The main difference between a portrait and a headshot is the purpose. Headshots are a professional representation while a portrait is more creative.
Editor’s note: This post was originally published in September 2019. It’s been freshened up with new pictures and commentary on December 26, 2019.
Table of contents
What’s a portrait?
Portrait photography, also known as portraiture, is an image of a person or group of people. There are many types of portraits, full-body, half body, or close-up. They can be photographed in a studio or on location.
The goal of a portrait is to express the personality of a subject and create images that can evoke emotions. Your subject’s expressions, body language, lighting, and backgrounds are how you’ll be able to capture great portraits.
As a photographer, you get to be more creative with portraits and experiment with different lighting to create artistic photos.
What’s a headshot?
A headshot is a type of portrait. It’s a close-up photo of a person showing their shoulders and head, hence the name headshot.
They’re most commonly used for professional purposes such as professional profile images, about pages or to promote their personal brand.
In this type of portrait photography, the main focus is the subject’s face. A viewer can see the details and get a sense of what the subject looks like up close.
There are two common types of headshots: the theatrical headshot and the commercial headshot.
Theatrical headshots are specifically for actors in plays, TV shows, and movies. This headshot style is very powerful and portrays the subject’s personality.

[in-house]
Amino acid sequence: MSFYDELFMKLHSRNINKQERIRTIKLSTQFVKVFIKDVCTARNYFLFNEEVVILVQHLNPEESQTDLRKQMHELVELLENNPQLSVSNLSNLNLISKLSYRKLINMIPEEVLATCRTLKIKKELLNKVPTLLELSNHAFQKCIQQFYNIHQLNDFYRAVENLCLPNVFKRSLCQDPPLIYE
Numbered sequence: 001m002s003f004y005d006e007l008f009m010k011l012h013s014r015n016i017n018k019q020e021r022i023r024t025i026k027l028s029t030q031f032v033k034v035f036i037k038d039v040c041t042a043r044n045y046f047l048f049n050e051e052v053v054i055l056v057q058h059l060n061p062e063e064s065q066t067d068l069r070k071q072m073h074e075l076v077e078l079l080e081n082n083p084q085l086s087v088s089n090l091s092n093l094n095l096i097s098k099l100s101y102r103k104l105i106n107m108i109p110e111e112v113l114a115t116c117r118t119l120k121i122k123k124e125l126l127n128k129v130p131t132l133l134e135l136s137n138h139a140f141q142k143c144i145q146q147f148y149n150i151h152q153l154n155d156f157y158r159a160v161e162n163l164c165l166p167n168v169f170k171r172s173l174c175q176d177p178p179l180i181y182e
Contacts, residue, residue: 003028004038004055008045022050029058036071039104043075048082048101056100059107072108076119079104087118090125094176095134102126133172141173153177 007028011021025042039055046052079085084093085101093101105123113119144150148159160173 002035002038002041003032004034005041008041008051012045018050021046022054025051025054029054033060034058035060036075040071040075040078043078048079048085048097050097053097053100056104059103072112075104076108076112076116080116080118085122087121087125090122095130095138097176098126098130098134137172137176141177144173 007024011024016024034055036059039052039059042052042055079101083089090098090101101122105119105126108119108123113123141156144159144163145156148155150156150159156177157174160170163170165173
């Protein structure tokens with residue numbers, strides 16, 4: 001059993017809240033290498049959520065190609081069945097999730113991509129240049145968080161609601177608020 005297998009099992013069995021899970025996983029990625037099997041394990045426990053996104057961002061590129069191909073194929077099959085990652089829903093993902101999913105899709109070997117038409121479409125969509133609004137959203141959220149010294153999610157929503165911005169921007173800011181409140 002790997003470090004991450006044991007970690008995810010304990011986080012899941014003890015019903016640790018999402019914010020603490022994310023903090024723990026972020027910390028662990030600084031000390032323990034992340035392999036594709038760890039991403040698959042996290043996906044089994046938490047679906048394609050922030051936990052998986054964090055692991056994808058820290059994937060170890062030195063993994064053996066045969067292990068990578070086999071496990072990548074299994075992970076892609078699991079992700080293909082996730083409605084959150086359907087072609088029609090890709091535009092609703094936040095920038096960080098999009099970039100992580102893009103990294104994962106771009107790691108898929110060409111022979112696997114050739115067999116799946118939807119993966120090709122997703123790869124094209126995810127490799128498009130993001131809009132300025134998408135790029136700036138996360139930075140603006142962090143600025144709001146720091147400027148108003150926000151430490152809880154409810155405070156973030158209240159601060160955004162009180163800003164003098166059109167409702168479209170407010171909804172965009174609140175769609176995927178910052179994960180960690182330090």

The key to a great theatrical headshot is to show genuine emotions which also makes these headshots more dramatic.
Commercial headshots are geared towards professional and advertising (commercial) purposes. It focuses on attracting the viewer to look at what you have to offer.
This means that the subject needs to catch the viewer’s attention. You can do this by showing authentic feelings and happiness. This will make the headshot look lively and bright. Remember, people are drawn to warm and friendly people so make sure you portray that in your commercial headshots.
The goal of a headshot
Headshots should express confidence while making the subject look approachable. By showing the subject’s personality, you can portray the right image and leave a great first impression.
Portrait vs. headshot
When you’re deciding between a portrait vs. headshot, consider the purpose of the image before going into the photoshoot.
If your client needs photos for work or a profile image, professional headshots with a simple background are perfect. If someone needs fashion photos for a magazine ad or personal branding, a full-body portrait is great.
Frequently asked questions
Headshots in color are the standard for modern times. Black and white headshots may look more dramatic and artistic but it can also come off as old or dated. Feel free to give your client headshots in both color and black and white.
A low aperture, meaning a shallow depth of field is great for portraits and headshots because it isolates the subject from the background. However, if the background is an important part of the photo, use a higher f-stop number so that the background is in focus.
Allow your creativity to flow. Think about different perspectives, play around with different lighting, and make sure your subject has light in their eyes.
Plain colors work best for headshots because the main focus is your subject’s face. Make sure you tell them to avoid busy prints and patterns.
Deciding between a headshot and a portrait comes down to the purpose. If your client needs a professional photo for work, a headshot is perfect. If your client wants photos of themselves for personal use, any type of portrait will do.
Featured photo by Unsplash.